Undocumented workers face uncertainty as immigration law takes effect in Florida

María, a Florida resident and her husband, say they are afraid to leave the house.

The couple are undocumented workers who only leave home to go to work for fear of deportation.

“Either we’re locked in here or we’ll never come home,” María, who did not want to give her last name, told ABC News in Spanish.

Florida’s SB1718, one of the nation’s strictest immigration laws, went into effect July 1. Individuals who knowingly transport undocumented immigrants into the state could now face potential charges. with felony charges. Florida has also disabled out-of-state driver licenses issued to undocumented immigrants.

Hospitals and medical providers that accept Medicaid will now be required to ask people about their immigration status. These and other features of the law have caused mass panic and fear across Florida, not only among immigrants but also among Floridians.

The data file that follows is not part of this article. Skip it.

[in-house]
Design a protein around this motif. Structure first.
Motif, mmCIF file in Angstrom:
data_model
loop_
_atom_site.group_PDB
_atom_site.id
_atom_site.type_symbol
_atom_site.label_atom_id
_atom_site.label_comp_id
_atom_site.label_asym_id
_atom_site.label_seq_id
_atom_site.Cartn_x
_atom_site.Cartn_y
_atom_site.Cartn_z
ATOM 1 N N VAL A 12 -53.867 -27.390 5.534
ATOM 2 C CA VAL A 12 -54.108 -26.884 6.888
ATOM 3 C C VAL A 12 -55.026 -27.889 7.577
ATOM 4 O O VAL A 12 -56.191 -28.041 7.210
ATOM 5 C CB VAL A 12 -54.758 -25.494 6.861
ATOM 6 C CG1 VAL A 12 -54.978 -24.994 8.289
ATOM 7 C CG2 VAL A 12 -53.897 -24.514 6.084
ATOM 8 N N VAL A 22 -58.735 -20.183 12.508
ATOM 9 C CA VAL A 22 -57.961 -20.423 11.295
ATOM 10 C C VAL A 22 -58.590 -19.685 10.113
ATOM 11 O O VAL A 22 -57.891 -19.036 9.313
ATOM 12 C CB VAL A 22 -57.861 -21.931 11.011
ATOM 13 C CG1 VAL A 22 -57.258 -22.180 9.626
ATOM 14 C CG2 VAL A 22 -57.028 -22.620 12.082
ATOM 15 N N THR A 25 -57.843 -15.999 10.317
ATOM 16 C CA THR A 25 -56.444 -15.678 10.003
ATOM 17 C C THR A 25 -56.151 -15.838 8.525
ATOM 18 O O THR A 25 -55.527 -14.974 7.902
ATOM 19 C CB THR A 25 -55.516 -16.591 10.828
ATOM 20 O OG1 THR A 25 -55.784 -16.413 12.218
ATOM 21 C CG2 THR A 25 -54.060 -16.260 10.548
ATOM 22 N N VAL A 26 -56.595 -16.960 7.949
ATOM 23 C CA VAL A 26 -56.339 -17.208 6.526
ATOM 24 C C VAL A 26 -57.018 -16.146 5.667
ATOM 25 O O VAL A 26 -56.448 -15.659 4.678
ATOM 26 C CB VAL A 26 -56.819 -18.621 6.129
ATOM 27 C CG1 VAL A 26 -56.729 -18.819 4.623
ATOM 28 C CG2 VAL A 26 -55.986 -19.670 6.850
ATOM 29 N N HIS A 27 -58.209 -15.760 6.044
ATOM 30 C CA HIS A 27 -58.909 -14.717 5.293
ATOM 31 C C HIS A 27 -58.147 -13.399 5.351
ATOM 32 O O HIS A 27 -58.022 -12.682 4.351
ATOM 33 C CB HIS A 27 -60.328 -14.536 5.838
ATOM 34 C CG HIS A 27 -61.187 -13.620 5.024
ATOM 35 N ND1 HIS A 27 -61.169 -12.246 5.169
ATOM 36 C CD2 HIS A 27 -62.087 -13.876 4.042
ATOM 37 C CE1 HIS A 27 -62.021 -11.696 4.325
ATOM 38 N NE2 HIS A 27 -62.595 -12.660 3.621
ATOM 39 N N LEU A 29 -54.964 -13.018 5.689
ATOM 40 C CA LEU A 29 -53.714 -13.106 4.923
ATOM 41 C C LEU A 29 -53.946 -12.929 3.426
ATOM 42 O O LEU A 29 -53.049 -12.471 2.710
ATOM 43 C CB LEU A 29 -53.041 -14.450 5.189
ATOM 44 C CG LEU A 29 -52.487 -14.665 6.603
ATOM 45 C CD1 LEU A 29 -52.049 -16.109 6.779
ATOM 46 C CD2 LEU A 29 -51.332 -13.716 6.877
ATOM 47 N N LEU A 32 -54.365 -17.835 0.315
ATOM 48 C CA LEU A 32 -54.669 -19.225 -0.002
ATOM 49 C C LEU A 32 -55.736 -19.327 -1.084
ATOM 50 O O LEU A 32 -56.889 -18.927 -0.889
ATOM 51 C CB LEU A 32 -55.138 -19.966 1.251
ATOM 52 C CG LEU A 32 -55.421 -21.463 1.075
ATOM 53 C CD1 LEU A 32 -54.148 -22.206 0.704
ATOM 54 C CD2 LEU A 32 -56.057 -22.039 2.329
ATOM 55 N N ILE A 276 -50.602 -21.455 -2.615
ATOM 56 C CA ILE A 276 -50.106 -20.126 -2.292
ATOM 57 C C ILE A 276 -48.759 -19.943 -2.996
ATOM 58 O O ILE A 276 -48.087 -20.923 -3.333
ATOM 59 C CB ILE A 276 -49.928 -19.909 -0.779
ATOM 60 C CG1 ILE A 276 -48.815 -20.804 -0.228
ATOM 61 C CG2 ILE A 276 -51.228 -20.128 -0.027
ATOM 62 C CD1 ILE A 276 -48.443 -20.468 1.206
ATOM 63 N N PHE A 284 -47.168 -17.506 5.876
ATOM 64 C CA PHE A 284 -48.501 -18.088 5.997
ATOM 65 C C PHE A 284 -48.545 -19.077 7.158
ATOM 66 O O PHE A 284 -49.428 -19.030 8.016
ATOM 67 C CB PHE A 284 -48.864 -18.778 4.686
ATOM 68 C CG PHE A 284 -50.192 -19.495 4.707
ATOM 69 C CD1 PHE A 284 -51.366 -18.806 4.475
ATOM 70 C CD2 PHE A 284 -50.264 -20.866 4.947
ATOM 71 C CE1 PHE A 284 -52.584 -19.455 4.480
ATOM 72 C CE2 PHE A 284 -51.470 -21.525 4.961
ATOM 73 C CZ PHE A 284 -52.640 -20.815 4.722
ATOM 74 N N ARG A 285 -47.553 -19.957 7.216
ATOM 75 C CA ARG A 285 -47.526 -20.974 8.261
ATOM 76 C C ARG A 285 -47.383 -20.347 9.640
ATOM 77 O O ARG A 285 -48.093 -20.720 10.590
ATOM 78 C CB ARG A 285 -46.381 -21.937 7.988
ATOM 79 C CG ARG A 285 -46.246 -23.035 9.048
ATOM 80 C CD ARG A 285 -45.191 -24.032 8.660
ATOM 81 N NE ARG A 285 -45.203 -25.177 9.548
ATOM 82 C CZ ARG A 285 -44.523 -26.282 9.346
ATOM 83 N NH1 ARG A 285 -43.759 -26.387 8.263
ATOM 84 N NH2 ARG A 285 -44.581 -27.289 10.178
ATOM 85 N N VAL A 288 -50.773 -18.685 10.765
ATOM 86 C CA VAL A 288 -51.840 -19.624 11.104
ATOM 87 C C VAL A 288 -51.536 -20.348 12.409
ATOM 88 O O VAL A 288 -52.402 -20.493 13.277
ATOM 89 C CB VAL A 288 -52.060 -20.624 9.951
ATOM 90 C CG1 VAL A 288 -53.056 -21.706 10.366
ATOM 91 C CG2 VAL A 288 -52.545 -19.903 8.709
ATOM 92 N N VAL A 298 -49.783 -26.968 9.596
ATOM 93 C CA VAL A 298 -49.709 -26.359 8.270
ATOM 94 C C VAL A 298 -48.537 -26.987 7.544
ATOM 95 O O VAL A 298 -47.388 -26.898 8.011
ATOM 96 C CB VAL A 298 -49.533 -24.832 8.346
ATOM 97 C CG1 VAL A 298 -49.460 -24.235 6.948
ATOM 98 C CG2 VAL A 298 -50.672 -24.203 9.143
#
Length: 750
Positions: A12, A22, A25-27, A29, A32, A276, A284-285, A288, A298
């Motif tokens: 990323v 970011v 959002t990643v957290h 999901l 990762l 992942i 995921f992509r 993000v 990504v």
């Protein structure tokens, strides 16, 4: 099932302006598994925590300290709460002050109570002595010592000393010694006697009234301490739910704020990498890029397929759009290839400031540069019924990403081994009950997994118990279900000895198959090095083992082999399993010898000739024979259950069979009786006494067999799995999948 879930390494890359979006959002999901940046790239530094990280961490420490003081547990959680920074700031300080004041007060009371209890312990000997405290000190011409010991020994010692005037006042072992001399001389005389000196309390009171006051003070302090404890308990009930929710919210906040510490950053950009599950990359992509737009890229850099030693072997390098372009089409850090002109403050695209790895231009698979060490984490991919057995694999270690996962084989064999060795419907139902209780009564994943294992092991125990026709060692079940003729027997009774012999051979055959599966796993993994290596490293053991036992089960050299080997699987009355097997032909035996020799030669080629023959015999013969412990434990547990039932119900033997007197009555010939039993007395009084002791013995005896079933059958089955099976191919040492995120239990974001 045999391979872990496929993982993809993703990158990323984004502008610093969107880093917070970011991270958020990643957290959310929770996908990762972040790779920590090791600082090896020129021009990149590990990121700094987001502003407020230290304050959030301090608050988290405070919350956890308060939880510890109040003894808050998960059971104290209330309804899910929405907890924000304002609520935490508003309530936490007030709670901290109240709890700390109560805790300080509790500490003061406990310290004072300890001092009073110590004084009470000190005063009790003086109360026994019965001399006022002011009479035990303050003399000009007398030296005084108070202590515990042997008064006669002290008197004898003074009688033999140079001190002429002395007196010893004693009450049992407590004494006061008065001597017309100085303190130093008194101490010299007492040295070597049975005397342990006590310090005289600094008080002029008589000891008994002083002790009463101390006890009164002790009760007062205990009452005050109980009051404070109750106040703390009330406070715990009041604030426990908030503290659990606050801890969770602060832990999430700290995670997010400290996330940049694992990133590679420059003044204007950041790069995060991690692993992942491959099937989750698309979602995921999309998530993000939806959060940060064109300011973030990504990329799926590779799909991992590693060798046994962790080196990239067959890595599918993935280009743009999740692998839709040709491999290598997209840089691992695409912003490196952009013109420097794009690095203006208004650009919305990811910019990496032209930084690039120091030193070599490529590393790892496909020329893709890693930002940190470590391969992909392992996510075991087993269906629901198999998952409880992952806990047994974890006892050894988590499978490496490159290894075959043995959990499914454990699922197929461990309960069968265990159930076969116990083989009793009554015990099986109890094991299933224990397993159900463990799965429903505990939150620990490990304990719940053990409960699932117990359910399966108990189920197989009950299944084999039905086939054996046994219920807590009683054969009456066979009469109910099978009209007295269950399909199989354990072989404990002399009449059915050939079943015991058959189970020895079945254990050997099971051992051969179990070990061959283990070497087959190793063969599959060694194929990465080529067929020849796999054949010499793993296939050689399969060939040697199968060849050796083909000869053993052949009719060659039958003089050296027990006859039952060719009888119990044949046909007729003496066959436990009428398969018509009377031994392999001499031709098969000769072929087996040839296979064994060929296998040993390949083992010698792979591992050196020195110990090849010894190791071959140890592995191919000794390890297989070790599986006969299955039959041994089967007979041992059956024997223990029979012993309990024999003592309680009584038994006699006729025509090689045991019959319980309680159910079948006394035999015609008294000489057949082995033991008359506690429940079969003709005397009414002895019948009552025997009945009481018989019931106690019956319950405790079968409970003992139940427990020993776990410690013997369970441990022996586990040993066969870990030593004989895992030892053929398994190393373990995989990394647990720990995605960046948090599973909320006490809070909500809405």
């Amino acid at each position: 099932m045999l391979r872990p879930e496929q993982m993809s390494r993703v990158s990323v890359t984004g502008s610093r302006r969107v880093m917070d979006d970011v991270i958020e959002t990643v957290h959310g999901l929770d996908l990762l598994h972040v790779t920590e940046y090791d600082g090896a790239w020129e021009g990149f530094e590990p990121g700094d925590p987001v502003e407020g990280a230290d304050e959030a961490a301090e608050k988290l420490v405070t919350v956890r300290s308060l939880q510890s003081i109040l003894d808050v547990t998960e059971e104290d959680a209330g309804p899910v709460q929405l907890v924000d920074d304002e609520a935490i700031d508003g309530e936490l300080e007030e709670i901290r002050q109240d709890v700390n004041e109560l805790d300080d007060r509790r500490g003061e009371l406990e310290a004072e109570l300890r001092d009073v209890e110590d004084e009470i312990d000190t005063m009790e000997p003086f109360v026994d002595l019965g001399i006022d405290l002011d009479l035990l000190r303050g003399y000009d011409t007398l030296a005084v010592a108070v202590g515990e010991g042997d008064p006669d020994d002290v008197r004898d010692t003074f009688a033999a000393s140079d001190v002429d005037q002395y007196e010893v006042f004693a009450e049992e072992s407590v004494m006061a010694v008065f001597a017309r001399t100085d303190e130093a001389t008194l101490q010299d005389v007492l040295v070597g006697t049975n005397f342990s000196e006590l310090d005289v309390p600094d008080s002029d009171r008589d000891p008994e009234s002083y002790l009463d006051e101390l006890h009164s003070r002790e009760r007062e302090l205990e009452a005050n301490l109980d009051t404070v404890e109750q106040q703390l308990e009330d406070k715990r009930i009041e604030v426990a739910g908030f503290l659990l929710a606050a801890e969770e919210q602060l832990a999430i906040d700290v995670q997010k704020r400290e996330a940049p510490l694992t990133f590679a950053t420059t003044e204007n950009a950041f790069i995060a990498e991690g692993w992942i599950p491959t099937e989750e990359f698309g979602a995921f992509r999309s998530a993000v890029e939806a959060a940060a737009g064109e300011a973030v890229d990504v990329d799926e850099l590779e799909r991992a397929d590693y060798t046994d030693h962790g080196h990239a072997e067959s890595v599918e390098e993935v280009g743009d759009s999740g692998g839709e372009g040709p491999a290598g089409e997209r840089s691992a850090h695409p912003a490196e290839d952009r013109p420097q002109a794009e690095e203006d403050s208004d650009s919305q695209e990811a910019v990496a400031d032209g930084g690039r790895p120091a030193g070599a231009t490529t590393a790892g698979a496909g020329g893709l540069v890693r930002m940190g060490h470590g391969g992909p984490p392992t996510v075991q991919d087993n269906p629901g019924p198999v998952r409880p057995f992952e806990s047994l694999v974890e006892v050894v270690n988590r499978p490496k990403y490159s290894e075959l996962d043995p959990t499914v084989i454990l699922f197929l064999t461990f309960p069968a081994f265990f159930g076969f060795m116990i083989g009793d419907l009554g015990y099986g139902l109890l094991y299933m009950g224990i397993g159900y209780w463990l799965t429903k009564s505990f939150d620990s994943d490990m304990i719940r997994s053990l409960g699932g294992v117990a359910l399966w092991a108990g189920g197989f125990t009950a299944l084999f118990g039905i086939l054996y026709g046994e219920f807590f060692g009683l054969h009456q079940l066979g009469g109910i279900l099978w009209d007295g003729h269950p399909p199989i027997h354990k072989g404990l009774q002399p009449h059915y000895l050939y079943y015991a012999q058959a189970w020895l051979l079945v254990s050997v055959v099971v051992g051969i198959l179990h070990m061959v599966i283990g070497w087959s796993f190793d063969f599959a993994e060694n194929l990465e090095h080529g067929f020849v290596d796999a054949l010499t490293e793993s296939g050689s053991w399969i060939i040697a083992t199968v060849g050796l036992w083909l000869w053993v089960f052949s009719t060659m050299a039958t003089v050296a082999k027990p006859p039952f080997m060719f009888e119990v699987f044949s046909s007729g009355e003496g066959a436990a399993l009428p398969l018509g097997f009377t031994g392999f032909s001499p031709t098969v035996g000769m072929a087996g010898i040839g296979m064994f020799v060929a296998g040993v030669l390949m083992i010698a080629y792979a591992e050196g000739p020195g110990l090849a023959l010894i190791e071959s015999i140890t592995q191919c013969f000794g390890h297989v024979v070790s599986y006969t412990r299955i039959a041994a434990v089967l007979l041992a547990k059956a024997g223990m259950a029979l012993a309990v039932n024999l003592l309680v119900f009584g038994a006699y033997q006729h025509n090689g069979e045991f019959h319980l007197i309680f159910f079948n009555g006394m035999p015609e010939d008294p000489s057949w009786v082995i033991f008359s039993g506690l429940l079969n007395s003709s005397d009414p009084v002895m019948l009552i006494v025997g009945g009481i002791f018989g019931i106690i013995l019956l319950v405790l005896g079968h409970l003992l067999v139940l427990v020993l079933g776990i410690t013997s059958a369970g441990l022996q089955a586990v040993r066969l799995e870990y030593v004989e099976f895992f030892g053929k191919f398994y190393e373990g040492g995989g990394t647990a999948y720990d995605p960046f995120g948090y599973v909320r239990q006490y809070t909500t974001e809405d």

“We’ve received a lot of emails from Floridians trying to explain the law for their own safety and for the safety of their loved ones. We’ve had someone reach out to us because of this. their partners are not properly documented,” said the Democrat. Anna Eskamani, who represents Florida’s 42nd House district. “We got a lot of questions that were really unique and situation-specific but interspersed with confusion about this policy. Will they be able to drive to work anymore?”

Governor Ron DeSantis, a Republican who hopes to become president in 2024, said the law increases penalties for people smuggling. When the governor signed the bill into law, state senator Blaise Ingoglia said it gives the state “the most ambitious anti-illegal immigration law in the country.”